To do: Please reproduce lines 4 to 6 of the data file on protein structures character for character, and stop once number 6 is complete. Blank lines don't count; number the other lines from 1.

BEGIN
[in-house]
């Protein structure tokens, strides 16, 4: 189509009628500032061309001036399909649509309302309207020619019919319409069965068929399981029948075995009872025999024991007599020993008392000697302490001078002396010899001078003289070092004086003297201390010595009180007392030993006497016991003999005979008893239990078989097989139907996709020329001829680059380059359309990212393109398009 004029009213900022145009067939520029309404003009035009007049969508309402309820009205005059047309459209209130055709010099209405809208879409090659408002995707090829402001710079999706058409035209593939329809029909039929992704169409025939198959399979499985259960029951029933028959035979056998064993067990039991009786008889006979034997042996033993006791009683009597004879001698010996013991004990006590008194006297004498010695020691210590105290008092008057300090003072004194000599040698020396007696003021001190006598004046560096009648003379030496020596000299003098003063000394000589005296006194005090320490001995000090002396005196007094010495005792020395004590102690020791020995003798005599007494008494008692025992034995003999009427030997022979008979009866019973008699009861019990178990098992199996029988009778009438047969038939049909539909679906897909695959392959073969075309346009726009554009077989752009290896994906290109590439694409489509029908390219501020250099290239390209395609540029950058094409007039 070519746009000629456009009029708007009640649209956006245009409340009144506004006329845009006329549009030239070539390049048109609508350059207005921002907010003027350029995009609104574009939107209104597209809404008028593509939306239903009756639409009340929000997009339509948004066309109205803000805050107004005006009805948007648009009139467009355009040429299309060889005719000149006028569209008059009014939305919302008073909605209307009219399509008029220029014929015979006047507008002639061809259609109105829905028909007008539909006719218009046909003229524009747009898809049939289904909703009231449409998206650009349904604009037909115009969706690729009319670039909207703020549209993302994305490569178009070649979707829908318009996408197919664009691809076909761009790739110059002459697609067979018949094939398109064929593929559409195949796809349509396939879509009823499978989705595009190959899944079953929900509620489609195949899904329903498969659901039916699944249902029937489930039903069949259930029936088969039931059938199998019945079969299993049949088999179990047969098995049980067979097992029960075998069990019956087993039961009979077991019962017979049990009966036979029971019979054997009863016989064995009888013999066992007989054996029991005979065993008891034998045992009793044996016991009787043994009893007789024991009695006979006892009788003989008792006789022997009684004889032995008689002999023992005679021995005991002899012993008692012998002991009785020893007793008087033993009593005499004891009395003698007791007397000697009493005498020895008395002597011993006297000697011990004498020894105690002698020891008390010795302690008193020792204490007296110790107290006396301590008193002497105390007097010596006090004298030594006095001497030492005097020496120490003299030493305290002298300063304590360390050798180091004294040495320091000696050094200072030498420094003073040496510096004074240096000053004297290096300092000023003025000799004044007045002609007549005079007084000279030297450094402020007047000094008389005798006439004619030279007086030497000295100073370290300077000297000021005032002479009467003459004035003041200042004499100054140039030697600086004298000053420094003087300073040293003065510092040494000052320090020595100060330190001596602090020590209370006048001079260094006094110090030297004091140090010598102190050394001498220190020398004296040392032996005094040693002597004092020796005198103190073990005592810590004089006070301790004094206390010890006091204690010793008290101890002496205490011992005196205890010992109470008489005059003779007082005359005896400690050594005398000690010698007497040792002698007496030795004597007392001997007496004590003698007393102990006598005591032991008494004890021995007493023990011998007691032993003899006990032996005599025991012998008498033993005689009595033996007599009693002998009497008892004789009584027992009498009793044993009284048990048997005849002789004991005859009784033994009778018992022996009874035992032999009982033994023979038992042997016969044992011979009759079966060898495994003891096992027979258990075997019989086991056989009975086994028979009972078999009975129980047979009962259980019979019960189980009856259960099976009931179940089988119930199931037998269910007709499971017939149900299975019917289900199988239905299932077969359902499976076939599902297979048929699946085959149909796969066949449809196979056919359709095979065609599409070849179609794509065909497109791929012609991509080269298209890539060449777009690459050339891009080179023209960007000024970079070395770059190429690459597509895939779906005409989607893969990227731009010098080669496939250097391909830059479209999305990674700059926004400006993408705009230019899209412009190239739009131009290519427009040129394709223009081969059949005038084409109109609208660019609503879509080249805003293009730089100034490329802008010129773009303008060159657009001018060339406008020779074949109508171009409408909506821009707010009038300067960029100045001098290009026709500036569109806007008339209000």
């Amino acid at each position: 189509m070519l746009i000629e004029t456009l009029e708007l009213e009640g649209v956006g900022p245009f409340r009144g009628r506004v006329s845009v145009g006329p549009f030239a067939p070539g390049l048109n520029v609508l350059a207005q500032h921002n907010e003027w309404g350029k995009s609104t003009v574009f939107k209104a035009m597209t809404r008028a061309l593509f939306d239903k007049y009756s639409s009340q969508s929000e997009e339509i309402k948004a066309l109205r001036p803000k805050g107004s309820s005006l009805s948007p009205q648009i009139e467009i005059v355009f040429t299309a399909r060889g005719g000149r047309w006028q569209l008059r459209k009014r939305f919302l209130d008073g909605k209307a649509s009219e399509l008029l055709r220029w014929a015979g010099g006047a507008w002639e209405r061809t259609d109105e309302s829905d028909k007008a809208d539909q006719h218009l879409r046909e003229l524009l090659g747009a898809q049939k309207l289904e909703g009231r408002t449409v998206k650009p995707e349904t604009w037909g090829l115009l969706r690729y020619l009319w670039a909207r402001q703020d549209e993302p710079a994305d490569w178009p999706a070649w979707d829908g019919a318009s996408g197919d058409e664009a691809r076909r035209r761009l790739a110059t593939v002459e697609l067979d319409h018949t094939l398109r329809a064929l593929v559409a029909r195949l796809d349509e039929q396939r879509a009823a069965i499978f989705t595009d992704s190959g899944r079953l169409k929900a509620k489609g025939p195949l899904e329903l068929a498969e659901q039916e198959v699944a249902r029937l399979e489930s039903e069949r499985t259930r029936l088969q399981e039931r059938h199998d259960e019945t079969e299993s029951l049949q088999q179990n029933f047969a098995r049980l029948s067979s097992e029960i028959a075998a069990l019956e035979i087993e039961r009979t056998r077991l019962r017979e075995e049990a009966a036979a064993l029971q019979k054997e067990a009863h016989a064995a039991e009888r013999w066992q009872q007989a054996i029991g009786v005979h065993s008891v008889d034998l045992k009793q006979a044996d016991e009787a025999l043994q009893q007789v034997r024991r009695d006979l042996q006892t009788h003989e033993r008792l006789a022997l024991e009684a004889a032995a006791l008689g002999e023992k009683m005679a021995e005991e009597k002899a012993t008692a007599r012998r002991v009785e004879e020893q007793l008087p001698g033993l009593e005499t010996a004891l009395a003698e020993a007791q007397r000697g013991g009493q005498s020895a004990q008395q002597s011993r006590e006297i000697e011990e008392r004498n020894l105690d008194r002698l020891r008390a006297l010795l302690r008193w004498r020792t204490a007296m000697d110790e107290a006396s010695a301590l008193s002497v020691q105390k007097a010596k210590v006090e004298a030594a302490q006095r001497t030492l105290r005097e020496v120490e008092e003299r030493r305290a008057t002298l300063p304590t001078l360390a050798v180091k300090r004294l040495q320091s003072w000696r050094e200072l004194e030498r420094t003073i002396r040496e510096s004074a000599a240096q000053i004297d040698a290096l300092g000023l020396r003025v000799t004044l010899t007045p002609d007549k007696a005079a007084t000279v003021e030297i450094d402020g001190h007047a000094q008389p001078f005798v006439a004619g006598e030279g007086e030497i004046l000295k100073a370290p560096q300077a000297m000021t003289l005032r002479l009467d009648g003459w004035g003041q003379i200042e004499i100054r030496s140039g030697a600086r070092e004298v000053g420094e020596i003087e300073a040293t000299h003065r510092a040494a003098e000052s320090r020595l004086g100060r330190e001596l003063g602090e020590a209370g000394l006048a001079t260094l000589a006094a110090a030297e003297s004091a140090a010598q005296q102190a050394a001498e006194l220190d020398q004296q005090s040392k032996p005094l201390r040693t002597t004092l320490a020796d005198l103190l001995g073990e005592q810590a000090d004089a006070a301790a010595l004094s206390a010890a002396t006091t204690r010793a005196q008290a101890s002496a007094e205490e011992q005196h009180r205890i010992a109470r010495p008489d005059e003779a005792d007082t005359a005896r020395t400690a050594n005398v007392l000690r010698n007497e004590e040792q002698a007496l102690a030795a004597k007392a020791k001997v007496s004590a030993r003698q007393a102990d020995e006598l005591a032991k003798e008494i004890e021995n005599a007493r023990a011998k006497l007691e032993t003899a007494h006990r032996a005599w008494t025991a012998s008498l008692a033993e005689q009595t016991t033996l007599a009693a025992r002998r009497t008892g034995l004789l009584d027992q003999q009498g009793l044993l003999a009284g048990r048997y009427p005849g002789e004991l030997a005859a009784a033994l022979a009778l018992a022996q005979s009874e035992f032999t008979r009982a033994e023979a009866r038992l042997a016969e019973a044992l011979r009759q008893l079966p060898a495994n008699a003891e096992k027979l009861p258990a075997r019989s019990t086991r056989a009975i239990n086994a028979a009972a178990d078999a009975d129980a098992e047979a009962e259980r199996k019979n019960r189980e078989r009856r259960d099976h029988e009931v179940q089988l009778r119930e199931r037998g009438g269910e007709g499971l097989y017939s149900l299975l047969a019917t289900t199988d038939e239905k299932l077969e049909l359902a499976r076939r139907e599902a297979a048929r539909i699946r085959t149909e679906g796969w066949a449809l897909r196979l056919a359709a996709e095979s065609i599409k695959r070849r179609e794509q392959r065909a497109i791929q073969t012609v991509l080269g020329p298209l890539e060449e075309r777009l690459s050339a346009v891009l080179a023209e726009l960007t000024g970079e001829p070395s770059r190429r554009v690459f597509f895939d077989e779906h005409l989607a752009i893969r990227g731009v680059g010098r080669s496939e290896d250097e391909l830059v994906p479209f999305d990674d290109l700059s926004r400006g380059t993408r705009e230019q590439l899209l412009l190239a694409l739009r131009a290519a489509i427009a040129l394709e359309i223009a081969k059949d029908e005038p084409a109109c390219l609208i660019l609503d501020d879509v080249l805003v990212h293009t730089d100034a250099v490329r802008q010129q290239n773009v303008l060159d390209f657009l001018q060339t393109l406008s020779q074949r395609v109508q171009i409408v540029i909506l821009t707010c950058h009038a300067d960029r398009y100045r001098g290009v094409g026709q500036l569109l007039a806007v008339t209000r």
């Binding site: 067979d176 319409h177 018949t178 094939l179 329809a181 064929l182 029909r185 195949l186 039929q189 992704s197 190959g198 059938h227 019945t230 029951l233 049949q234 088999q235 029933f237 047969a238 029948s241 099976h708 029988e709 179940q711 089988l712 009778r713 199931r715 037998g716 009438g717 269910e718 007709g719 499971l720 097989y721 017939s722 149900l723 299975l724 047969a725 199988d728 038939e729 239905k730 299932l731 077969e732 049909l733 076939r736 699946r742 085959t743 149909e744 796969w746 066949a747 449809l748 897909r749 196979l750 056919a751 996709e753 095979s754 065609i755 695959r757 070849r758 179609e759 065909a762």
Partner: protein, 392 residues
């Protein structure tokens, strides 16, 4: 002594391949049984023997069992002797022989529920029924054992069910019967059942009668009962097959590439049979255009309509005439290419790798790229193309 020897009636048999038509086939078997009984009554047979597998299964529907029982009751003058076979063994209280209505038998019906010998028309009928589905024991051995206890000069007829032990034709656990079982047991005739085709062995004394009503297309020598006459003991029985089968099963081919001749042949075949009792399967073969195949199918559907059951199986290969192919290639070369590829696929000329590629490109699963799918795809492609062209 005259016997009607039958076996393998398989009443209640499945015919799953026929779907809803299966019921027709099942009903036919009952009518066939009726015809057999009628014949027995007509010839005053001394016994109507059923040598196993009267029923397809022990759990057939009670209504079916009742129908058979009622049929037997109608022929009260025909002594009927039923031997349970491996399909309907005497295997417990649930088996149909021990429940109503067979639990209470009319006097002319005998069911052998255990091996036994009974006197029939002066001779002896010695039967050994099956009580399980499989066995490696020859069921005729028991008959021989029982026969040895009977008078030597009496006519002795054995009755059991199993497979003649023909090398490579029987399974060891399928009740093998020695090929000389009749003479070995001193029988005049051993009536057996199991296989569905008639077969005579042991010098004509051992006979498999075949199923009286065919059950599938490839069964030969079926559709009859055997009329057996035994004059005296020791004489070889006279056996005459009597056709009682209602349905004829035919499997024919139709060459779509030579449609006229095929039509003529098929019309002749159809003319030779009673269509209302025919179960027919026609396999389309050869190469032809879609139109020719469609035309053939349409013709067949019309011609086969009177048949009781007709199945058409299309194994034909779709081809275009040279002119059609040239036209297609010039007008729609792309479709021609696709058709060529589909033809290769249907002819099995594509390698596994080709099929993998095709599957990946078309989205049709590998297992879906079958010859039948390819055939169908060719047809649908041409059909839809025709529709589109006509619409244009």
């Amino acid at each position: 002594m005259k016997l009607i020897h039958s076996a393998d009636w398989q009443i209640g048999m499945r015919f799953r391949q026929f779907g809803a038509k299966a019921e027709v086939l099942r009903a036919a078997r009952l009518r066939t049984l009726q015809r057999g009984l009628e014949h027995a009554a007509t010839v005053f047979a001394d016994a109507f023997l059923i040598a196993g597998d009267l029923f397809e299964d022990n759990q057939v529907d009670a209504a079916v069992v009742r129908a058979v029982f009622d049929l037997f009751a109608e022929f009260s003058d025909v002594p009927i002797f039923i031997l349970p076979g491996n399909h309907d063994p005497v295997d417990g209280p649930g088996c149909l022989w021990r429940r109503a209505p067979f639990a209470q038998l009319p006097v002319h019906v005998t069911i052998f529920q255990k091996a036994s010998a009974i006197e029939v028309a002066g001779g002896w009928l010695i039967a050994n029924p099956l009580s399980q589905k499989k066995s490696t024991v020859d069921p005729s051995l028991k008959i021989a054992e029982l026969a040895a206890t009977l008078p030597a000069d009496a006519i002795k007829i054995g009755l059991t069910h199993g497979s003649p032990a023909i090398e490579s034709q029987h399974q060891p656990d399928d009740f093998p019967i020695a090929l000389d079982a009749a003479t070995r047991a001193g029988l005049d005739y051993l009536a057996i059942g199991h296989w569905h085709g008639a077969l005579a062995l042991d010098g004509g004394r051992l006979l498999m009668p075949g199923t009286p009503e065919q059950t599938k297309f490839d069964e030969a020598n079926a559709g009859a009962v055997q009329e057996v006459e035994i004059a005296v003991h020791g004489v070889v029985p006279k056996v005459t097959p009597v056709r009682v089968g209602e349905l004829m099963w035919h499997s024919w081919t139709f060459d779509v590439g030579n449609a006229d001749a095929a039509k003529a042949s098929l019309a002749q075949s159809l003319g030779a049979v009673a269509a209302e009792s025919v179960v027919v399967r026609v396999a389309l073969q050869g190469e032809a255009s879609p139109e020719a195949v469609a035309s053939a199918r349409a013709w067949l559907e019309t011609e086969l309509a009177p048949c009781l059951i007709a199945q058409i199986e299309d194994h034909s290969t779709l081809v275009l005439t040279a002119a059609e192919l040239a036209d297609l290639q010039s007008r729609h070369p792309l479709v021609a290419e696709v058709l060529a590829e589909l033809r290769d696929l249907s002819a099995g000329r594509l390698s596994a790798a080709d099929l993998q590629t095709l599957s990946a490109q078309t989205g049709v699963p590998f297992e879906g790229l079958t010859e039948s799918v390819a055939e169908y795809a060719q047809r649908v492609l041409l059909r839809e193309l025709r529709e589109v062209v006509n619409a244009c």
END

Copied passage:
């Binding site: 067979d176 319409h177 018949t178 094939l179 329809a181 064929l182 029909r185 195949l186 039929q189 992704s197 190959g198 059938h227 019945t230 029951l233 049949q234 088999q235 029933f237 047969a238 029948s241 099976h708 029988e709 179940q711 089988l712 009778r713 199931r715 037998g716 009438g717 269910e718 007709g719 499971l720 097989y721 017939s722 149900l723 299975l724 047969a725 199988d728 038939e729 239905k730 299932l731 077969e732 049909l733 076939r736 699946r742 085959t743 149909e744 796969w746 066949a747 449809l748 897909r749 196979l750 056919a751 996709e753 095979s754 065609i755 695959r757 070849r758 179609e759 065909a762």
Partner: protein, 392 residues
């Protein structure tokens, strides 16, 4: 002594391949049984023997069992002797022989529920029924054992069910019967059942009668009962097959590439049979255009309509005439290419790798790229193309 020897009636048999038509086939078997009984009554047979597998299964529907029982009751003058076979063994209280209505038998019906010998028309009928589905024991051995206890000069007829032990034709656990079982047991005739085709062995004394009503297309020598006459003991029985089968099963081919001749042949075949009792399967073969195949199918559907059951199986290969192919290639070369590829696929000329590629490109699963799918795809492609062209 005259016997009607039958076996393998398989009443209640499945015919799953026929779907809803299966019921027709099942009903036919009952009518066939009726015809057999009628014949027995007509010839005053001394016994109507059923040598196993009267029923397809022990759990057939009670209504079916009742129908058979009622049929037997109608022929009260025909002594009927039923031997349970491996399909309907005497295997417990649930088996149909021990429940109503067979639990209470009319006097002319005998069911052998255990091996036994009974006197029939002066001779002896010695039967050994099956009580399980499989066995490696020859069921005729028991008959021989029982026969040895009977008078030597009496006519002795054995009755059991199993497979003649023909090398490579029987399974060891399928009740093998020695090929000389009749003479070995001193029988005049051993009536057996199991296989569905008639077969005579042991010098004509051992006979498999075949199923009286065919059950599938490839069964030969079926559709009859055997009329057996035994004059005296020791004489070889006279056996005459009597056709009682209602349905004829035919499997024919139709060459779509030579449609006229095929039509003529098929019309002749159809003319030779009673269509209302025919179960027919026609396999389309050869190469032809879609139109020719469609035309053939349409013709067949019309011609086969009177048949009781007709199945058409299309194994034909779709081809275009040279002119059609040239036209297609010039007008729609792309479709021609696709058709060529589909033809290769249907002819099995594509390698596994080709099929993998095709599957990946078309989205049709590998297992879906079958010859039948390819055939169908060719047809649908041409059909839809025709529709589109006509619409244009």